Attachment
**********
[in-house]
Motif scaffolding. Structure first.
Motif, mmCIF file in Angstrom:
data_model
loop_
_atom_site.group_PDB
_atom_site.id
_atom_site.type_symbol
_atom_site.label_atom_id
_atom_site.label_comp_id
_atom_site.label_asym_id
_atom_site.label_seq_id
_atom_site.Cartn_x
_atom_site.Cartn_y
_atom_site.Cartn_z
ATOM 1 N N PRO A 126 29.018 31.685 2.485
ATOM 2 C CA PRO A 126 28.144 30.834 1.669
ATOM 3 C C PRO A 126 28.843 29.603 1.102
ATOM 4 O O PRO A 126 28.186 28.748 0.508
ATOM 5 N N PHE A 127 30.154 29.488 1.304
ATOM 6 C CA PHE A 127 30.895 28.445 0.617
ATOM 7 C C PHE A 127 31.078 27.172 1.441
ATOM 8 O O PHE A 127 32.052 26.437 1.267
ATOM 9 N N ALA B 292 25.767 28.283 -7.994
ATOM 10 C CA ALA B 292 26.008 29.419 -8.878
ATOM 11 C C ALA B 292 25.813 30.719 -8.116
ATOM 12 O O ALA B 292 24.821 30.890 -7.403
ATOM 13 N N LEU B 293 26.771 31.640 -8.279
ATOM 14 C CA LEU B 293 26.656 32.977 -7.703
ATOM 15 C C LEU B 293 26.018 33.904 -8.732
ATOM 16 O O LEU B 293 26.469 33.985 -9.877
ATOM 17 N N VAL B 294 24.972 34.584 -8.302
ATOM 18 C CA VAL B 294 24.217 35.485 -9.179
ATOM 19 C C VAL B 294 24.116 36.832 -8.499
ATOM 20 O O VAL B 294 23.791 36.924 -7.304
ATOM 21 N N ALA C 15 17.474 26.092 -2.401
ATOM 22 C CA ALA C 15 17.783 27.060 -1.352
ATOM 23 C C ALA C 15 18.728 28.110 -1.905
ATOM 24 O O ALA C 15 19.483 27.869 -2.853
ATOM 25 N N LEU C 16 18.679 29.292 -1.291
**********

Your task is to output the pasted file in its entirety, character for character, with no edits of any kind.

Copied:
[in-house]
Motif scaffolding. Structure first.
Motif, mmCIF file in Angstrom:
data_model
loop_
_atom_site.group_PDB
_atom_site.id
_atom_site.type_symbol
_atom_site.label_atom_id
_atom_site.label_comp_id
_atom_site.label_asym_id
_atom_site.label_seq_id
_atom_site.Cartn_x
_atom_site.Cartn_y
_atom_site.Cartn_z
ATOM 1 N N PRO A 126 29.018 31.685 2.485
ATOM 2 C CA PRO A 126 28.144 30.834 1.669
ATOM 3 C C PRO A 126 28.843 29.603 1.102
ATOM 4 O O PRO A 126 28.186 28.748 0.508
ATOM 5 N N PHE A 127 30.154 29.488 1.304
ATOM 6 C CA PHE A 127 30.895 28.445 0.617
ATOM 7 C C PHE A 127 31.078 27.172 1.441
ATOM 8 O O PHE A 127 32.052 26.437 1.267
ATOM 9 N N ALA B 292 25.767 28.283 -7.994
ATOM 10 C CA ALA B 292 26.008 29.419 -8.878
ATOM 11 C C ALA B 292 25.813 30.719 -8.116
ATOM 12 O O ALA B 292 24.821 30.890 -7.403
ATOM 13 N N LEU B 293 26.771 31.640 -8.279
ATOM 14 C CA LEU B 293 26.656 32.977 -7.703
ATOM 15 C C LEU B 293 26.018 33.904 -8.732
ATOM 16 O O LEU B 293 26.469 33.985 -9.877
ATOM 17 N N VAL B 294 24.972 34.584 -8.302
ATOM 18 C CA VAL B 294 24.217 35.485 -9.179
ATOM 19 C C VAL B 294 24.116 36.832 -8.499
ATOM 20 O O VAL B 294 23.791 36.924 -7.304
ATOM 21 N N ALA C 15 17.474 26.092 -2.401
ATOM 22 C CA ALA C 15 17.783 27.060 -1.352
ATOM 23 C C ALA C 15 18.728 28.110 -1.905
ATOM 24 O O ALA C 15 19.483 27.869 -2.853
ATOM 25 N N LEU C 16 18.679 29.292 -1.291